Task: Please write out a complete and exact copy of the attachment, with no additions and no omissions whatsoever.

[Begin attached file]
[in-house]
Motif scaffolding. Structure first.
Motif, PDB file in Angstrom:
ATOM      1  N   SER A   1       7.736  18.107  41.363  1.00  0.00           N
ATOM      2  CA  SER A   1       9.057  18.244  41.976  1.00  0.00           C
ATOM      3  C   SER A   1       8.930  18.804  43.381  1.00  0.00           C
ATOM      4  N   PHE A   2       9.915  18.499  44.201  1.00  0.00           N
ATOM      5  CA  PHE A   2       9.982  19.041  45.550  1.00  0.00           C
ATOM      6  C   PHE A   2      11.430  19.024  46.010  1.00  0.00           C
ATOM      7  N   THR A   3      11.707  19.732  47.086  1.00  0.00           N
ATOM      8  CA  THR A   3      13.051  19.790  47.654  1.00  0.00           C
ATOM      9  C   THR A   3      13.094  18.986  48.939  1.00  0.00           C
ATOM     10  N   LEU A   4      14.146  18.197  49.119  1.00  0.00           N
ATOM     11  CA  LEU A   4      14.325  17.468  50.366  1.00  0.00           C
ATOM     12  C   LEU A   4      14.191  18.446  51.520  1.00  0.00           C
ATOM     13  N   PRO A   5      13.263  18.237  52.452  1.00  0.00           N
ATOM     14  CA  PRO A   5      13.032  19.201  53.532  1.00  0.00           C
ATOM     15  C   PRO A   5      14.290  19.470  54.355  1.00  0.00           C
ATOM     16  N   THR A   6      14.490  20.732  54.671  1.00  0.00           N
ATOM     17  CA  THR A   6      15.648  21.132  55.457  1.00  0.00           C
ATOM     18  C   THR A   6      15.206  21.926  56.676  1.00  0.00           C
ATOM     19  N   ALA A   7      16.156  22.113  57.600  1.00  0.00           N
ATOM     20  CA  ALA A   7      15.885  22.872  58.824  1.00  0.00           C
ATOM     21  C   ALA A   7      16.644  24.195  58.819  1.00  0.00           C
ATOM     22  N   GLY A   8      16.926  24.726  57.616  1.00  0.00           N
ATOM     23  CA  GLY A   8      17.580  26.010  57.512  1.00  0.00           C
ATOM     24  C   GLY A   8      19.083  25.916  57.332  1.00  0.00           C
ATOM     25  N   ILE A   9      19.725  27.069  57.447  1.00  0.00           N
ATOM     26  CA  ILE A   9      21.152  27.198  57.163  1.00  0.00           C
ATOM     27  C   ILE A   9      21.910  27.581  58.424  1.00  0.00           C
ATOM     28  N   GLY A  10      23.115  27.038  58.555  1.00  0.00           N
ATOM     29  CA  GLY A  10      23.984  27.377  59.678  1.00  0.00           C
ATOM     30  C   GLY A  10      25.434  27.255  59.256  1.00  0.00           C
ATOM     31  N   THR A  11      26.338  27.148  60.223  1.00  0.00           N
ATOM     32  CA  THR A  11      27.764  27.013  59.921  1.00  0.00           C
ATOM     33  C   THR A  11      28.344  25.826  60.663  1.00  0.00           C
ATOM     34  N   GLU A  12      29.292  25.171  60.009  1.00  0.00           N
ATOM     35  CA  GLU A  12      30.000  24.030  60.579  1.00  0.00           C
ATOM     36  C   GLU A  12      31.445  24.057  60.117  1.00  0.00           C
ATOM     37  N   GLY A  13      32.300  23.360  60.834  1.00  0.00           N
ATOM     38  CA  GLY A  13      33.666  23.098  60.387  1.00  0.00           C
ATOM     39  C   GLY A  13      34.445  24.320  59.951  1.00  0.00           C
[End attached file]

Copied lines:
[in-house]
Motif scaffolding. Structure first.
Motif, PDB file in Angstrom:
ATOM      1  N   SER A   1       7.736  18.107  41.363  1.00  0.00           N
ATOM      2  CA  SER A   1       9.057  18.244  41.976  1.00  0.00           C
ATOM      3  C   SER A   1       8.930  18.804  43.381  1.00  0.00           C
ATOM      4  N   PHE A   2       9.915  18.499  44.201  1.00  0.00           N
ATOM      5  CA  PHE A   2       9.982  19.041  45.550  1.00  0.00           C
ATOM      6  C   PHE A   2      11.430  19.024  46.010  1.00  0.00           C
ATOM      7  N   THR A   3      11.707  19.732  47.086  1.00  0.00           N
ATOM      8  CA  THR A   3      13.051  19.790  47.654  1.00  0.00           C
ATOM      9  C   THR A   3      13.094  18.986  48.939  1.00  0.00           C
ATOM     10  N   LEU A   4      14.146  18.197  49.119  1.00  0.00           N
ATOM     11  CA  LEU A   4      14.325  17.468  50.366  1.00  0.00           C
ATOM     12  C   LEU A   4      14.191  18.446  51.520  1.00  0.00           C
ATOM     13  N   PRO A   5      13.263  18.237  52.452  1.00  0.00           N
ATOM     14  CA  PRO A   5      13.032  19.201  53.532  1.00  0.00           C
ATOM     15  C   PRO A   5      14.290  19.470  54.355  1.00  0.00           C
ATOM     16  N   THR A   6      14.490  20.732  54.671  1.00  0.00           N
ATOM     17  CA  THR A   6      15.648  21.132  55.457  1.00  0.00           C
ATOM     18  C   THR A   6      15.206  21.926  56.676  1.00  0.00           C
ATOM     19  N   ALA A   7      16.156  22.113  57.600  1.00  0.00           N
ATOM     20  CA  ALA A   7      15.885  22.872  58.824  1.00  0.00           C
ATOM     21  C   ALA A   7      16.644  24.195  58.819  1.00  0.00           C
ATOM     22  N   GLY A   8      16.926  24.726  57.616  1.00  0.00           N
ATOM     23  CA  GLY A   8      17.580  26.010  57.512  1.00  0.00           C
ATOM     24  C   GLY A   8      19.083  25.916  57.332  1.00  0.00           C
ATOM     25  N   ILE A   9      19.725  27.069  57.447  1.00  0.00           N
ATOM     26  CA  ILE A   9      21.152  27.198  57.163  1.00  0.00           C
ATOM     27  C   ILE A   9      21.910  27.581  58.424  1.00  0.00           C
ATOM     28  N   GLY A  10      23.115  27.038  58.555  1.00  0.00           N
ATOM     29  CA  GLY A  10      23.984  27.377  59.678  1.00  0.00           C
ATOM     30  C   GLY A  10      25.434  27.255  59.256  1.00  0.00           C
ATOM     31  N   THR A  11      26.338  27.148  60.223  1.00  0.00           N
ATOM     32  CA  THR A  11      27.764  27.013  59.921  1.00  0.00           C
ATOM     33  C   THR A  11      28.344  25.826  60.663  1.00  0.00           C
ATOM     34  N   GLU A  12      29.292  25.171  60.009  1.00  0.00           N
ATOM     35  CA  GLU A  12      30.000  24.030  60.579  1.00  0.00           C
ATOM     36  C   GLU A  12      31.445  24.057  60.117  1.00  0.00           C
ATOM     37  N   GLY A  13      32.300  23.360  60.834  1.00  0.00           N
ATOM     38  CA  GLY A  13      33.666  23.098  60.387  1.00  0.00           C
ATOM     39  C   GLY A  13      34.445  24.320  59.951  1.00  0.00           C